The next time you find yourself walking on Simonffy Street, consider the personality of the man and the family it is named after, Sámual Simonffy, since none other can claim to have done more for the city of Debrecen.
Since 1898, the street in the center of Debrecen has been called Simonffy street. It is named after Sámual Simonffy, who after moving to the city with his family in 1744, became chief judge between the years of 1811-1821, however he did much more for the city besides.
During his time, he restored the part of the town that was destroyed by fire in 1802, and was responsible for the building of both the Reformed Great Church and the Debrecen Reformed College.
His grandson, Imre Simonffy, served as mayor of Debrecen between 1875 and 1802. As a young man, he served as a soldier in the Hungarian Revolution of 1848. After the Revolution he worked as notary and the councilor of the town. During this time, the construction of the Csokonai Theater proposed by Simonffy was started. Its opening performance took place on October 7, 1865.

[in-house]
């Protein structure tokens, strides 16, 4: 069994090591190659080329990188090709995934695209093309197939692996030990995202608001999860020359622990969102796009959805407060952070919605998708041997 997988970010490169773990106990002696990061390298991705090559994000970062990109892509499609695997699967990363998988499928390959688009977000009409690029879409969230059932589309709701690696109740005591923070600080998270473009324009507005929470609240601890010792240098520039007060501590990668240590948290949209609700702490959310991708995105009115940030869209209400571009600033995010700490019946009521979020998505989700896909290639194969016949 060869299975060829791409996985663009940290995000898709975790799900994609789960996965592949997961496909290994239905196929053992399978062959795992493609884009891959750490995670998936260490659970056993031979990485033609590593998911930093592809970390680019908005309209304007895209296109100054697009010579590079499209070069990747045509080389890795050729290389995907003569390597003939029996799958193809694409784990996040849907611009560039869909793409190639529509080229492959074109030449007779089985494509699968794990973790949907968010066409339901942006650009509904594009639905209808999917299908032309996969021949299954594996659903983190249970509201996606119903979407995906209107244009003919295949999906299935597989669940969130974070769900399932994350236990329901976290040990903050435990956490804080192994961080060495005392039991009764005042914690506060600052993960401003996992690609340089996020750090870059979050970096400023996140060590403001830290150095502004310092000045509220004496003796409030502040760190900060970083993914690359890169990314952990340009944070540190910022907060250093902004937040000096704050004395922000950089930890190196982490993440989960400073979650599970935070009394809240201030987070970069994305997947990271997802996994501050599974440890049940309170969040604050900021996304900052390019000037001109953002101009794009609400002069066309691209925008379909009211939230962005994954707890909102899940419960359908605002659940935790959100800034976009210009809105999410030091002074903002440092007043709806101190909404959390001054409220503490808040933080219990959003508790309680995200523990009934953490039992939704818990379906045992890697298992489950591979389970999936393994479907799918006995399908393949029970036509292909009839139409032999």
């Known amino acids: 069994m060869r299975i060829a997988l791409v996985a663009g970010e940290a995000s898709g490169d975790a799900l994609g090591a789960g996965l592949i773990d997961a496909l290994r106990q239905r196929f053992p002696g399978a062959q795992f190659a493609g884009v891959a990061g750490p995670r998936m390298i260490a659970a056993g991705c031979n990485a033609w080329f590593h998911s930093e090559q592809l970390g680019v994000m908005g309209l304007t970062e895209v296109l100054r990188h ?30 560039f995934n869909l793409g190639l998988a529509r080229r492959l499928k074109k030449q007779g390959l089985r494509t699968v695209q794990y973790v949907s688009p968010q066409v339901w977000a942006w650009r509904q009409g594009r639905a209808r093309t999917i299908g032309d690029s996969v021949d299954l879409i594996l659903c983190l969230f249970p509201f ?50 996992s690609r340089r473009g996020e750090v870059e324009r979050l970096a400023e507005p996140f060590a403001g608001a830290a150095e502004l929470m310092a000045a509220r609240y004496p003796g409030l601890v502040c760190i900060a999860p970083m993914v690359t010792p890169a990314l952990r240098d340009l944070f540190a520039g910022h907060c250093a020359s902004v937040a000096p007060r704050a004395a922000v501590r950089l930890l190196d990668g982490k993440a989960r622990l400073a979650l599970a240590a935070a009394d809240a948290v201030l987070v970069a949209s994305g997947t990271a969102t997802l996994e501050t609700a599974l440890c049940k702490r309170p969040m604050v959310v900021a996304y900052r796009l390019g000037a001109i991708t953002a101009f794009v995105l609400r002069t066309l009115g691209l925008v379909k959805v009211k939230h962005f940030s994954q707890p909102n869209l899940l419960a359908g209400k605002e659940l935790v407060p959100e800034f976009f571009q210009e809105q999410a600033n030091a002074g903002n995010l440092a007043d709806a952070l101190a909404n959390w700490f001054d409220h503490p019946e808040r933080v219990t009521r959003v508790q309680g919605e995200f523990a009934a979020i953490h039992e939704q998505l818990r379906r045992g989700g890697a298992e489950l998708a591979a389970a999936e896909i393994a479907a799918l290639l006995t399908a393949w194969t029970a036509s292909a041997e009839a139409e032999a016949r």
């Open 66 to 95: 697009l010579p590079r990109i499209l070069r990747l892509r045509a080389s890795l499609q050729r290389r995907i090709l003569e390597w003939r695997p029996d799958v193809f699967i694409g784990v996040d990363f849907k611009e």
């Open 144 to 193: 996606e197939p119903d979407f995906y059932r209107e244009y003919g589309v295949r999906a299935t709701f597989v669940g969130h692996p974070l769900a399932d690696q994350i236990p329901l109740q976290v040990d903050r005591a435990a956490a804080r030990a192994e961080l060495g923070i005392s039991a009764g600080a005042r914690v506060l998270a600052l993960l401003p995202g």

Under Imre’s mayorship Debrecen developed enormously, – palaces were built and most of the residential buildings were renewed. The inhabitants who moved to the city established new outdoor living areas including Csapókert, Homokkert and today’s Szabdságtelep.
He created the forest railway, the Zsuzsi train and due to the cooperation with the monarchy, urban public transport, towed by mechanical steam, started first in Debrecen in 1884. In addition, churches and schools were built.
There was also a huge development in industry, and the city also had its own brick factory.
He was also involved in the establishment of the public bank, the Mutual Relief Society and managed to settle several elements of the then judicial system in Debrecen, including the district court, tribunal, and royal court. These buildings greatly improved the cityscape of Debrecen.
In recent years, Simonffy Street, with its cozy bars and terraces, has become a popular destination for young people.
Source: Library Méliusz